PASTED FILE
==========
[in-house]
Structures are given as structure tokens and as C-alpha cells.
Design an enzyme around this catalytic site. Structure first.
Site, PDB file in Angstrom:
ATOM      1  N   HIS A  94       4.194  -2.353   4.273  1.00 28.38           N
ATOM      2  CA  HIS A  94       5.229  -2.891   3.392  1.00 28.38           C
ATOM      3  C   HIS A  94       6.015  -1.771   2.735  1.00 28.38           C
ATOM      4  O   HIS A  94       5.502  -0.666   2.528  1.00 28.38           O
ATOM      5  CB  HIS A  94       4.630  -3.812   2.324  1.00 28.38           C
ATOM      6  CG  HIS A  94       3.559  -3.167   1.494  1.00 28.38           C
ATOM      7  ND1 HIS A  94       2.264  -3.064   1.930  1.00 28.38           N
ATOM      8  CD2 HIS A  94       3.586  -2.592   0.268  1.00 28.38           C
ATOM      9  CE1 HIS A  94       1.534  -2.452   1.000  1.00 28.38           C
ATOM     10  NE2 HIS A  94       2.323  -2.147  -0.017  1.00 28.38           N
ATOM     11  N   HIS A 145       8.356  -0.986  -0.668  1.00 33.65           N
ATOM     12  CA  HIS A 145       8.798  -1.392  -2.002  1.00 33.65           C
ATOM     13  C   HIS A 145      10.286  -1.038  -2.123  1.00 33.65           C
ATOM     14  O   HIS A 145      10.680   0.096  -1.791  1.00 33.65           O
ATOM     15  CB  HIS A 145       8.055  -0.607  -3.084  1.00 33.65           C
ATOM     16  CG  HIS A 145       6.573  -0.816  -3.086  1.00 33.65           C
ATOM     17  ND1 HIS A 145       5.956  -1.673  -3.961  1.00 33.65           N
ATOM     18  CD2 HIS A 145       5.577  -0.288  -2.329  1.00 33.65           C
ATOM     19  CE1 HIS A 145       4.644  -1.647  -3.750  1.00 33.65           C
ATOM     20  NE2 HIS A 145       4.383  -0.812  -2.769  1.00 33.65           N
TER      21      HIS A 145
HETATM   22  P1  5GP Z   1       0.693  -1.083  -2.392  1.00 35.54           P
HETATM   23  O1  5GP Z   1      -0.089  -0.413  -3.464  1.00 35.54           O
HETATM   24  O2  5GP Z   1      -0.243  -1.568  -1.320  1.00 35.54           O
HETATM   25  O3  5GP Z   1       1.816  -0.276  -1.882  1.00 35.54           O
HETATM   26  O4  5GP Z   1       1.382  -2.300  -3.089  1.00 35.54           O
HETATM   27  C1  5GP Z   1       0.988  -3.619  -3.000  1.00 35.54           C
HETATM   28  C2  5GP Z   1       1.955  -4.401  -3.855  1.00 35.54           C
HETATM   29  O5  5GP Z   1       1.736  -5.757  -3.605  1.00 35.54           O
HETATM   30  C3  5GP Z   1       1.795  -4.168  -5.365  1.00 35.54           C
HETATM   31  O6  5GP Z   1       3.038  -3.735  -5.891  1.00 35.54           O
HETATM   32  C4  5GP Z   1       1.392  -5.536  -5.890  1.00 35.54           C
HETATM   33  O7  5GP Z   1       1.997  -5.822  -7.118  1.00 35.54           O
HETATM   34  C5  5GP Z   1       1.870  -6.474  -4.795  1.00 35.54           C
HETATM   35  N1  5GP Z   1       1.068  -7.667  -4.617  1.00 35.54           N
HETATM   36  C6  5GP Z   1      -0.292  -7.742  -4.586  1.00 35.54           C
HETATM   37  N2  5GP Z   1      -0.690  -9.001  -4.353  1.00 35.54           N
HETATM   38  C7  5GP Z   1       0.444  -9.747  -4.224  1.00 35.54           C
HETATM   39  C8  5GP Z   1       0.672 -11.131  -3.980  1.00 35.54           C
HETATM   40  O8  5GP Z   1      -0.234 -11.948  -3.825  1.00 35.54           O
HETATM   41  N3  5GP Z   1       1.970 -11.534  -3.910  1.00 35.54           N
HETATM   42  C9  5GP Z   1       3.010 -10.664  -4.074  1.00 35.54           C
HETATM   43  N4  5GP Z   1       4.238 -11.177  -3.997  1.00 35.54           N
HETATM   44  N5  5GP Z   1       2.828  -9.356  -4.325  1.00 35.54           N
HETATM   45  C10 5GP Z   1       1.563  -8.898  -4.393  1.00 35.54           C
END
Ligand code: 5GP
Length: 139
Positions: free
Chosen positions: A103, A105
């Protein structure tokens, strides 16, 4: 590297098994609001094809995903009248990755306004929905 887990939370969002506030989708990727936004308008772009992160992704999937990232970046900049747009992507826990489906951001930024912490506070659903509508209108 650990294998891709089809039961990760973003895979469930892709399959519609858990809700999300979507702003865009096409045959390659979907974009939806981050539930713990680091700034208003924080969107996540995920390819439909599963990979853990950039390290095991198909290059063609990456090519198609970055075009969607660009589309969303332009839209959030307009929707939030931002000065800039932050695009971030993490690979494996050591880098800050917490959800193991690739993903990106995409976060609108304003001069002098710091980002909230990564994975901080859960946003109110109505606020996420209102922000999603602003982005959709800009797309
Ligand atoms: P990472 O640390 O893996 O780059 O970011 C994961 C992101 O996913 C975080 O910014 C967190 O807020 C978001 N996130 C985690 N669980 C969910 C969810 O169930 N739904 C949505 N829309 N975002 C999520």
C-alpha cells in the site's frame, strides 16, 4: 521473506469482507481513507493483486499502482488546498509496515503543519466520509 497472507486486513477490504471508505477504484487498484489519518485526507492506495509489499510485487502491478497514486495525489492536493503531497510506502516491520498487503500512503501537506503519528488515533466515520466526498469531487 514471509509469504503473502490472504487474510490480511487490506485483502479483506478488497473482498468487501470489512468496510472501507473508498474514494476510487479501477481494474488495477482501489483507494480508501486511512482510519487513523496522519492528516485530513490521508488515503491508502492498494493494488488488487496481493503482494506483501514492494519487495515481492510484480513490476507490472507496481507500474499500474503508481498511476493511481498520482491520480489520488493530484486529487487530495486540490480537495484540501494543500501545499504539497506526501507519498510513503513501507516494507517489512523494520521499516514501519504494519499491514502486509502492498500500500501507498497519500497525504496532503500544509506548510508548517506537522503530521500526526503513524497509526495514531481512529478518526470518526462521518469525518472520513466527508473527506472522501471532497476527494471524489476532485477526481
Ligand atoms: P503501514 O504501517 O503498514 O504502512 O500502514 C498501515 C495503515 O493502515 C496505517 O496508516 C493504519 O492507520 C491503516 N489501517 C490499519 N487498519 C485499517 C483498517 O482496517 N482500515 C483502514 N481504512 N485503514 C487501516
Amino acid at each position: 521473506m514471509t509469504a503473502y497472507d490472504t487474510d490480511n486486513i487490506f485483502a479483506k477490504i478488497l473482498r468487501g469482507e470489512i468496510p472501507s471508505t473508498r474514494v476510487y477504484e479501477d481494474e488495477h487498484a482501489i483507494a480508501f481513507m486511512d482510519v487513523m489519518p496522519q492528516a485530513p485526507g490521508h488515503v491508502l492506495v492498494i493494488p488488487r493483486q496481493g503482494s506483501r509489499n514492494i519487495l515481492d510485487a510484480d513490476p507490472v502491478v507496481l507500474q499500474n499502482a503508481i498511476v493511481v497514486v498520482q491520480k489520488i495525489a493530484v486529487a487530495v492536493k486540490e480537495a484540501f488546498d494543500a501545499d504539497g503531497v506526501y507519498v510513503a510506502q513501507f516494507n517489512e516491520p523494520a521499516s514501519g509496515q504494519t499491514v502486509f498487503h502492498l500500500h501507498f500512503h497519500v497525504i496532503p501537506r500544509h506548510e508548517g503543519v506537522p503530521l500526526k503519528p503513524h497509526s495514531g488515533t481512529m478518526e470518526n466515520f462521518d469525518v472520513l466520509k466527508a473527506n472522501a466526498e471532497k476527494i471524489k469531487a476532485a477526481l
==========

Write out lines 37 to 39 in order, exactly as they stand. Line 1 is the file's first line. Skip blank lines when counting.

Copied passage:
HETATM   33  O7  5GP Z   1       1.997  -5.822  -7.118  1.00 35.54           O
HETATM   34  C5  5GP Z   1       1.870  -6.474  -4.795  1.00 35.54           C
HETATM   35  N1  5GP Z   1       1.068  -7.667  -4.617  1.00 35.54           N